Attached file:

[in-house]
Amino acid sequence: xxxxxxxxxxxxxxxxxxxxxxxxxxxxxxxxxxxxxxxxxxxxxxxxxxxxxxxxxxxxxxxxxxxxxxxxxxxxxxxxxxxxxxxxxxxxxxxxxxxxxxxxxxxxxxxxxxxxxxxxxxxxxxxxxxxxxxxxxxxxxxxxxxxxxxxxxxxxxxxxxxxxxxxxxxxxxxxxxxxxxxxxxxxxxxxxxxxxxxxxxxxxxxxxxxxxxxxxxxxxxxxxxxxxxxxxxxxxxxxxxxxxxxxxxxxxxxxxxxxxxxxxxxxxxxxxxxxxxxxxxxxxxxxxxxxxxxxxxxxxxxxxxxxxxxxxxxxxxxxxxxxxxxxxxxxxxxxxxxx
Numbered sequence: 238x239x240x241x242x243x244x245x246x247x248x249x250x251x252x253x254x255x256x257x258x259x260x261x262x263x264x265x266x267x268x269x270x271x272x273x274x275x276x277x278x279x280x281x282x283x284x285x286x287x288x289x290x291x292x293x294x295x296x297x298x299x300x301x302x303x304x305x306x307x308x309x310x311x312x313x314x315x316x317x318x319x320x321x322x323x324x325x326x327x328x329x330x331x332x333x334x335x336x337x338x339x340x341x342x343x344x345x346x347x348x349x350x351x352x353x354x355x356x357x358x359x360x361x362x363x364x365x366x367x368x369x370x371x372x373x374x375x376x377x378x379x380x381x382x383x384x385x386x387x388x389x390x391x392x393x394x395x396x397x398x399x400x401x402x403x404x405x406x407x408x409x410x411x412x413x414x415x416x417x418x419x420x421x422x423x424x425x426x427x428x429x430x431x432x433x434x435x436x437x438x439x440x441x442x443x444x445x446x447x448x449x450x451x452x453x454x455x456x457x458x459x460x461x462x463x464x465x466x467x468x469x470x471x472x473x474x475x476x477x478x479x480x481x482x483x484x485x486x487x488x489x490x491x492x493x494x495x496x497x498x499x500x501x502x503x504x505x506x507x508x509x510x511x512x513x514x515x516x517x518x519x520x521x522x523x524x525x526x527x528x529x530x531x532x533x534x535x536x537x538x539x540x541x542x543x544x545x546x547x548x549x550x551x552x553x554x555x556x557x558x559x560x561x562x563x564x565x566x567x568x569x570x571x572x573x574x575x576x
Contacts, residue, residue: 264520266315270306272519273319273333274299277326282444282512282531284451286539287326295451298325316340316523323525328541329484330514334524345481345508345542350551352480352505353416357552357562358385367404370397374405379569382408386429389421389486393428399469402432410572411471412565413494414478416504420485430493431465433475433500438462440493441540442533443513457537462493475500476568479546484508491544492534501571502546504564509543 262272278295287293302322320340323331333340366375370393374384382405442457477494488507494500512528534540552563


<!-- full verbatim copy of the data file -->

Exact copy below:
[in-house]
Amino acid sequence: xxxxxxxxxxxxxxxxxxxxxxxxxxxxxxxxxxxxxxxxxxxxxxxxxxxxxxxxxxxxxxxxxxxxxxxxxxxxxxxxxxxxxxxxxxxxxxxxxxxxxxxxxxxxxxxxxxxxxxxxxxxxxxxxxxxxxxxxxxxxxxxxxxxxxxxxxxxxxxxxxxxxxxxxxxxxxxxxxxxxxxxxxxxxxxxxxxxxxxxxxxxxxxxxxxxxxxxxxxxxxxxxxxxxxxxxxxxxxxxxxxxxxxxxxxxxxxxxxxxxxxxxxxxxxxxxxxxxxxxxxxxxxxxxxxxxxxxxxxxxxxxxxxxxxxxxxxxxxxxxxxxxxxxxxxxxxxxxxxx
Numbered sequence: 238x239x240x241x242x243x244x245x246x247x248x249x250x251x252x253x254x255x256x257x258x259x260x261x262x263x264x265x266x267x268x269x270x271x272x273x274x275x276x277x278x279x280x281x282x283x284x285x286x287x288x289x290x291x292x293x294x295x296x297x298x299x300x301x302x303x304x305x306x307x308x309x310x311x312x313x314x315x316x317x318x319x320x321x322x323x324x325x326x327x328x329x330x331x332x333x334x335x336x337x338x339x340x341x342x343x344x345x346x347x348x349x350x351x352x353x354x355x356x357x358x359x360x361x362x363x364x365x366x367x368x369x370x371x372x373x374x375x376x377x378x379x380x381x382x383x384x385x386x387x388x389x390x391x392x393x394x395x396x397x398x399x400x401x402x403x404x405x406x407x408x409x410x411x412x413x414x415x416x417x418x419x420x421x422x423x424x425x426x427x428x429x430x431x432x433x434x435x436x437x438x439x440x441x442x443x444x445x446x447x448x449x450x451x452x453x454x455x456x457x458x459x460x461x462x463x464x465x466x467x468x469x470x471x472x473x474x475x476x477x478x479x480x481x482x483x484x485x486x487x488x489x490x491x492x493x494x495x496x497x498x499x500x501x502x503x504x505x506x507x508x509x510x511x512x513x514x515x516x517x518x519x520x521x522x523x524x525x526x527x528x529x530x531x532x533x534x535x536x537x538x539x540x541x542x543x544x545x546x547x548x549x550x551x552x553x554x555x556x557x558x559x560x561x562x563x564x565x566x567x568x569x570x571x572x573x574x575x576x
Contacts, residue, residue: 264520266315270306272519273319273333274299277326282444282512282531284451286539287326295451298325316340316523323525328541329484330514334524345481345508345542350551352480352505353416357552357562358385367404370397374405379569382408386429389421389486393428399469402432410572411471412565413494414478416504420485430493431465433475433500438462440493441540442533443513457537462493475500476568479546484508491544492534501571502546504564509543 262272278295287293302322320340323331333340366375370393374384382405442457477494488507494500512528534540552563